Daily Media Briefing

Daily Media Briefing

 

Posted in: Cybersecurity, Daily Media Briefing, Policy & Research, Sustainable Investment

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July 18, 2017

Policy

California extends Climate Bill

California lawmakers have voted to extend a cap-and-trade program until 2030, ending a legislative deadlock that had threatened a critical component of the state’s pioneering efforts to reduce greenhouse gas emissions. The program imposes a state-wide cap on carbon dioxide emissions. Companies are permitted to buy and sell pollution credits, allowing them to exceed the cap. Although the business community was supportive of the bill, some environmentalists — a critical constituency in the state — opposed it, arguing that the bill was not tough enough on industry. The cap-and-trade bill extends a program that otherwise would have ended in 2020. The vote was a major victory for Democrat Governor Jerry Brown, who has become a global advocate for efforts to battle climate change since the election of President Trump. (New York Times)

Responsible Investment

Climate Disclosure Standards Board launches FSB climate risk guidelines push

A week after a group of 11 major banks announced their intention to implement the Financial Stability Board’s (FSB) climate risk reporting guidelines, the Climate Disclosure Standards Board (CDSB) coalition of businesses and green NGOs has launched a new platform to encourage companies to report climate data on a “common and comparable basis to their investors”. The CDSB said the initiative would support forward-thinking businesses looking to use the CDSB’s existing Climate Change Reporting Framework and align their disclosures with their investors’ needs. The initiative highlights private sector support for the guidelines and provides information on how companies are practically adopting the Task Force on Climate-related Financial Disclosures’ recommendations. Companies signing up to the initiative will commit to reporting on their climate-related financial information by 2020. Businesses are encouraged to sign up to the CDSB commitment online ahead of a formal launch of the initiative “in the next few months”. (Business Green)

 

Schroders: World accelerating towards a climate impact ‘cliff edge’

The investment giant Schroders, which manages $520bn of assets globally, has launched a new “dashboard” designed to help investors better understand complex climate-related investment risks and track the transition of industries to lower carbon business models. The Climate Progress Dashboard is designed to help assess decarbonisation progress across 12 key metrics, including political action, public concern, climate finance, corporate planning, renewables deployment, and fossil fuel production. Its launch was accompanied by a briefing paper which contains a series of stark warnings over the growing impact of climate change on investment returns and the tremendous threat to globally economic stability. On average between 15 and 20% of company cash flows are at risk from climate impacts, according to the report. The firm warned that these “disruptive impacts” will become a bigger influence on corporate valuations over the coming decades. (Business Green)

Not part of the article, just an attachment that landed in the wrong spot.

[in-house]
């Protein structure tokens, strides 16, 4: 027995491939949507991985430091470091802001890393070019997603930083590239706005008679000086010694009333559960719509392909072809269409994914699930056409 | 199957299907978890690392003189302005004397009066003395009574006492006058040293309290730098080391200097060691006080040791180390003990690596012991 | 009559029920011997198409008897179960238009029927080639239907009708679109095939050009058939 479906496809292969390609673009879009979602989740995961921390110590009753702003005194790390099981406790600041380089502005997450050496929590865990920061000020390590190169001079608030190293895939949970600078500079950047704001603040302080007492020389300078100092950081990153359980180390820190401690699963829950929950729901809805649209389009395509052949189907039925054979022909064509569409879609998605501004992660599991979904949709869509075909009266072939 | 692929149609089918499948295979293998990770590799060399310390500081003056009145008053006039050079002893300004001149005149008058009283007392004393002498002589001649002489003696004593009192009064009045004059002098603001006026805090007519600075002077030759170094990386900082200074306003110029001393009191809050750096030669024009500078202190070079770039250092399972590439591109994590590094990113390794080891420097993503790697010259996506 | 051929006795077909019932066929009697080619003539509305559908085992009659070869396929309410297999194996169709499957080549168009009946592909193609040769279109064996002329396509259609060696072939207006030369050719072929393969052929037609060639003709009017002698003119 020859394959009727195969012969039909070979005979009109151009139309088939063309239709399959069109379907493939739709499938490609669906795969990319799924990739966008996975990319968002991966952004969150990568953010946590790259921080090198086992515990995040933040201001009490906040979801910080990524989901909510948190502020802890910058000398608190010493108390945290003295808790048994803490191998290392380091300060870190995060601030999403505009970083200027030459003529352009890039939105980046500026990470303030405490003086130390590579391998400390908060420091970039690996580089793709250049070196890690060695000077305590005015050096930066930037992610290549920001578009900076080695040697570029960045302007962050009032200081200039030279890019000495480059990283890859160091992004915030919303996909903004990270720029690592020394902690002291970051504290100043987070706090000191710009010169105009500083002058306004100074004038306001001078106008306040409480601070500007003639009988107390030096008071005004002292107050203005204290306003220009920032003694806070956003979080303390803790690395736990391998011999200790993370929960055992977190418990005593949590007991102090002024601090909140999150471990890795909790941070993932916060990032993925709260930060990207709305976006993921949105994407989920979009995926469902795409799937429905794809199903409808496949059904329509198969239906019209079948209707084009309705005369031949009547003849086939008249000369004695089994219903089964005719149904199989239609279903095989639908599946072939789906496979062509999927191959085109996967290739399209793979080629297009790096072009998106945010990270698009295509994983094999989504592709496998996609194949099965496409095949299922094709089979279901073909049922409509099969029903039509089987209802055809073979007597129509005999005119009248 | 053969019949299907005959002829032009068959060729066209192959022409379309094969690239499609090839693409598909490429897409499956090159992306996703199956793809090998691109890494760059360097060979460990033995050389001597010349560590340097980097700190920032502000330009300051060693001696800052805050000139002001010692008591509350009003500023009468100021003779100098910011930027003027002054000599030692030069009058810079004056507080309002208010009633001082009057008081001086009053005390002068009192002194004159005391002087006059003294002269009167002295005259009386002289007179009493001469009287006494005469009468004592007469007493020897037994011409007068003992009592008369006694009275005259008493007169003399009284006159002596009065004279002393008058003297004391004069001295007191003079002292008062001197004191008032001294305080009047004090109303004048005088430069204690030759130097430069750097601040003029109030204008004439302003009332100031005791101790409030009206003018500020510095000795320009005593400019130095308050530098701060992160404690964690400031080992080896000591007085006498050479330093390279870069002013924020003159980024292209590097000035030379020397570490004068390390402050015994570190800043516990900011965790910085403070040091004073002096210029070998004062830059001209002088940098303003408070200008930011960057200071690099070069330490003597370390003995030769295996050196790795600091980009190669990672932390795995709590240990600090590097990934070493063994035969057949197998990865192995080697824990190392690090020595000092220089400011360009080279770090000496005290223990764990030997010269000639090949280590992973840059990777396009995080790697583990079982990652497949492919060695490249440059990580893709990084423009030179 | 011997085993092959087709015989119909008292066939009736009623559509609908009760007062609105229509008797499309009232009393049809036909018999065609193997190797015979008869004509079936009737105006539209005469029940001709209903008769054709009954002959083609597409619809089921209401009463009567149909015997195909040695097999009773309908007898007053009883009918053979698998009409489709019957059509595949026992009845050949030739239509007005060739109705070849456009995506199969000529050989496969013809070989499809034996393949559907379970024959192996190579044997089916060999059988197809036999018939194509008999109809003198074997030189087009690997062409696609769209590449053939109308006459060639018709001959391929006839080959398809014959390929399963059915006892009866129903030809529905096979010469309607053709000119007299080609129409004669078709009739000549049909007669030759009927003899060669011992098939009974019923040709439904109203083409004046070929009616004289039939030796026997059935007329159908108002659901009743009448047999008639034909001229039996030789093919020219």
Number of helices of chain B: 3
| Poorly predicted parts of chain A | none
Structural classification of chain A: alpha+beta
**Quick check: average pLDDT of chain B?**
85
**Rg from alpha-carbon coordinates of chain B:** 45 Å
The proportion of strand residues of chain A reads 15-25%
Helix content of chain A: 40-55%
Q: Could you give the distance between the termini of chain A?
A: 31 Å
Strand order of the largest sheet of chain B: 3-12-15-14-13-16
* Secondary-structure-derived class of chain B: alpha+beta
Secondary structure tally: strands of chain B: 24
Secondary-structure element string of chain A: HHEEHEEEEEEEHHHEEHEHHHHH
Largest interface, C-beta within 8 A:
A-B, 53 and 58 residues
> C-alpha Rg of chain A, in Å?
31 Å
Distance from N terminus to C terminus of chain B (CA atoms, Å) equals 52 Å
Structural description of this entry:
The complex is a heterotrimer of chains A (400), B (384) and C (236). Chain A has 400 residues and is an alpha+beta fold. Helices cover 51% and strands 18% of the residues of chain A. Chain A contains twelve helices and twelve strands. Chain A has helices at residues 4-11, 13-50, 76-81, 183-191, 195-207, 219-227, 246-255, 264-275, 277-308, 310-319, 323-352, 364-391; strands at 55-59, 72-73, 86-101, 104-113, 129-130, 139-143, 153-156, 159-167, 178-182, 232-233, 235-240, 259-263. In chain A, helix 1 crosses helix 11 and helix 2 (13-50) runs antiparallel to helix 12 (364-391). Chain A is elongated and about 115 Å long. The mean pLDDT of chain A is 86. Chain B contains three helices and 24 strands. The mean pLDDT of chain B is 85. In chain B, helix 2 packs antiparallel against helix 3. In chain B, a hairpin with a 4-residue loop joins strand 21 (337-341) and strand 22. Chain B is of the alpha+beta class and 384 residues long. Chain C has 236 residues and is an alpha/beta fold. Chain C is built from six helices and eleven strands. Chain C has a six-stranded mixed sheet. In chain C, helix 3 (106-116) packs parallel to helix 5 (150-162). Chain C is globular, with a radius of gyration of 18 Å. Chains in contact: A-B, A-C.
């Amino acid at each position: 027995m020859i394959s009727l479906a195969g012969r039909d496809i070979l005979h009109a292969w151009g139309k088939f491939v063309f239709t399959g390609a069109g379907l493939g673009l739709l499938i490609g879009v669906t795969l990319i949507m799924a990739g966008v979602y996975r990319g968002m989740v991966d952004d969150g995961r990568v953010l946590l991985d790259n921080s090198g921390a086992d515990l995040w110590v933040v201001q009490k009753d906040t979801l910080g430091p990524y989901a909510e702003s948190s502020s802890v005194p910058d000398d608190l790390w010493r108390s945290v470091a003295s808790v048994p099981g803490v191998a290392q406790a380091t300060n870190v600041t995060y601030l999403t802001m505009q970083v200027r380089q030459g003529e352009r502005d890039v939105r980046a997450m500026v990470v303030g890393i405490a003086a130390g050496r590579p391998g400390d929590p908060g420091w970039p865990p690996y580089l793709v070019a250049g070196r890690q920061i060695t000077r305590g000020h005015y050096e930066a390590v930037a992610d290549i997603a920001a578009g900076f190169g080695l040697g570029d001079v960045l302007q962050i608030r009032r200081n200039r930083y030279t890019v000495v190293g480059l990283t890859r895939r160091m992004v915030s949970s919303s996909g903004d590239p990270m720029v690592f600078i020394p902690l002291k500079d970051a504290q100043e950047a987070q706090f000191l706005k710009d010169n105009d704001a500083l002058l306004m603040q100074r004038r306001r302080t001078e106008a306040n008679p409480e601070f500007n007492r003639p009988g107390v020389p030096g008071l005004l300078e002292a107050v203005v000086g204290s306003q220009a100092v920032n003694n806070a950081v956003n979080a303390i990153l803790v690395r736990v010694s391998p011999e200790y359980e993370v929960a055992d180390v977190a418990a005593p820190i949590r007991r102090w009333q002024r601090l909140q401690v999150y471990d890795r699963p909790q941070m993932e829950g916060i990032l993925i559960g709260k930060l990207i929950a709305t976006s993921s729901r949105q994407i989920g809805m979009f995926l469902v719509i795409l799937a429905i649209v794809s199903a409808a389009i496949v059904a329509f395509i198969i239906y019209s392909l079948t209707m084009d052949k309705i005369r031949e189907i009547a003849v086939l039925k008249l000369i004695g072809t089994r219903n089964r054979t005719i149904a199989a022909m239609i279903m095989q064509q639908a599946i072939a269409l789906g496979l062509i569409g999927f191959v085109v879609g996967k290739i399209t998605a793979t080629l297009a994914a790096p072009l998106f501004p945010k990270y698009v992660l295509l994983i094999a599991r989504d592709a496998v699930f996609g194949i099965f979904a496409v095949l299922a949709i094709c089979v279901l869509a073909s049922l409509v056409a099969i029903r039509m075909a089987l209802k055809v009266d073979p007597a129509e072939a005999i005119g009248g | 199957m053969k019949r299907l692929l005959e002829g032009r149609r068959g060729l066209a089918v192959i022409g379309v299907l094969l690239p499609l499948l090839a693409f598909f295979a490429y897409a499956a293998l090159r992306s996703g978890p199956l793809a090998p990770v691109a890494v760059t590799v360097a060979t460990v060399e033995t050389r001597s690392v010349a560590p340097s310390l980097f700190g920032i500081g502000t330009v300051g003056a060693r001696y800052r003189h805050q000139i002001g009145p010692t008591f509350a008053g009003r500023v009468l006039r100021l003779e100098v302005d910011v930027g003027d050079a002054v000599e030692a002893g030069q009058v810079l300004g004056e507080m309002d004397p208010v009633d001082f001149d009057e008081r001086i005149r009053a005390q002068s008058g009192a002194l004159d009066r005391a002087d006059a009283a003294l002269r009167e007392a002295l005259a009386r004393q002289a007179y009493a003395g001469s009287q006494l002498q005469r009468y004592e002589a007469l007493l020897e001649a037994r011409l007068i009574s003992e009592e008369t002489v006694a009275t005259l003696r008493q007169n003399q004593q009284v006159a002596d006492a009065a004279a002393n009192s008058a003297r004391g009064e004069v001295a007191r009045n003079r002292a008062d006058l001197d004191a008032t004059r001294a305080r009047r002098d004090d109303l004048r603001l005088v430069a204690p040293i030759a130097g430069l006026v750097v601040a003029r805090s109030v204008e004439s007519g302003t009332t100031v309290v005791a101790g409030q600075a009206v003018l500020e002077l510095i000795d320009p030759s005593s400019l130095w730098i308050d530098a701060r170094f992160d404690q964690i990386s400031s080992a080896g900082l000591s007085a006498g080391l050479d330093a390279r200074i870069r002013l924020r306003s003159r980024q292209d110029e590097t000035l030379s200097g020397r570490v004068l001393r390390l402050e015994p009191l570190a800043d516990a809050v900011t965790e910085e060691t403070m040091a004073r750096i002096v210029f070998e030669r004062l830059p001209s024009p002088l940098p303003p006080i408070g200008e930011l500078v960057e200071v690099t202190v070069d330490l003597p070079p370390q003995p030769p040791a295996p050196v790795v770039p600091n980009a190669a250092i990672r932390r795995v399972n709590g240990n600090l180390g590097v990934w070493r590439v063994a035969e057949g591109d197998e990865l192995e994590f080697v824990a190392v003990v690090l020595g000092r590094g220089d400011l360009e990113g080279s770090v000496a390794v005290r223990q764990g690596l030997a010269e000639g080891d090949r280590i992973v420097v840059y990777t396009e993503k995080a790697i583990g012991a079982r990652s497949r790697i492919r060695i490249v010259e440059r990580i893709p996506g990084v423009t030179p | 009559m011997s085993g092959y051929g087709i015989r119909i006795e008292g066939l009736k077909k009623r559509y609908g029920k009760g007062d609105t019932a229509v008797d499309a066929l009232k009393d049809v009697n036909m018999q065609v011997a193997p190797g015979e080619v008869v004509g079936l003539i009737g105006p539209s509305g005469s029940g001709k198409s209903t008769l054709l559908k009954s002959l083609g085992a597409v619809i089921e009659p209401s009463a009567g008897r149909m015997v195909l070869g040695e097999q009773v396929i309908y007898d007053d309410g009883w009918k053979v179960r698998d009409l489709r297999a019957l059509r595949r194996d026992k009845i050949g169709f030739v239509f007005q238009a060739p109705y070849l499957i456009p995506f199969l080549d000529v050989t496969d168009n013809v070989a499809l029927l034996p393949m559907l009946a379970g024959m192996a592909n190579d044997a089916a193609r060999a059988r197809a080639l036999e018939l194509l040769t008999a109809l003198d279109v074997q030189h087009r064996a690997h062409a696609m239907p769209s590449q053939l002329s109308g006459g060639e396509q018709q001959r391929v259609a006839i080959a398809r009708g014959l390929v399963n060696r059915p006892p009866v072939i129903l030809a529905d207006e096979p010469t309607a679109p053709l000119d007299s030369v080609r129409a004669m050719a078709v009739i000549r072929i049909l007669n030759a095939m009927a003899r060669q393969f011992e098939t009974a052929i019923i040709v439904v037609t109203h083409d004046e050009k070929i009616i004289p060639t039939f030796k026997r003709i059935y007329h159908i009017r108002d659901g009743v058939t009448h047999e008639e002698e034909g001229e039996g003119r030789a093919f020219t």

Brexit

Brexit: ‘Real risk’ on UK food security after EU exit, new research warns

New research claims Brexit poses “real risks” to the cost, availability and quality of the UK’s food supplies, which has received little attention from the Government. The authors – three food policy professors from City University, the University of Sussex and Cardiff University – are urging ministers to establish a clear plan on how a new food system will operate. Currently, the EU provides 31% of Britain’s food supply. Recent research by the British Retail Consortium showed that the absence of a trade deal could push the prices EU imported food by 22%. Stability and security in both the price and supply of food is partly product of EU-wide safety standards, the authors warn. They add that even a “soft” departure from Europe, in which the UK will remain in the single market or customs union, could have negative impacts on the food and farming industries. (Independent)

Cybersecurity

Lloyd’s says cyber-attack could cost $120bn

Lloyd’s of London has warned that a serious cyber-attack could cost the global economy more than $120bn (£92bn) – as much as catastrophic natural disasters such as Hurricanes Katrina and Sandy. Published two months after a ransomware cyber-attack that hit nearly 100 countries, a 56-page report from the world’s oldest insurance market says the threat poses a huge risk to business and governments over the next decade. The most likely scenario is a malicious hack that takes down a cloud service provider with estimated losses of $53bn, according to Lloyd’s. Because of the uncertainty around calculating cyber losses, the figure could be as high as $121bn or as low as $15bn. The second-most likely threat stems from attacks on computer operating systems run by a large number of businesses, which could cause losses of up to $28.7bn. The majority of these losses are not insured. Cyber cover is a relatively new type of insurance that is harder to model than natural catastrophe cover. (Guardian)

 

Image Source: This is climate change by Nattu at Flickr. CC 2.0.

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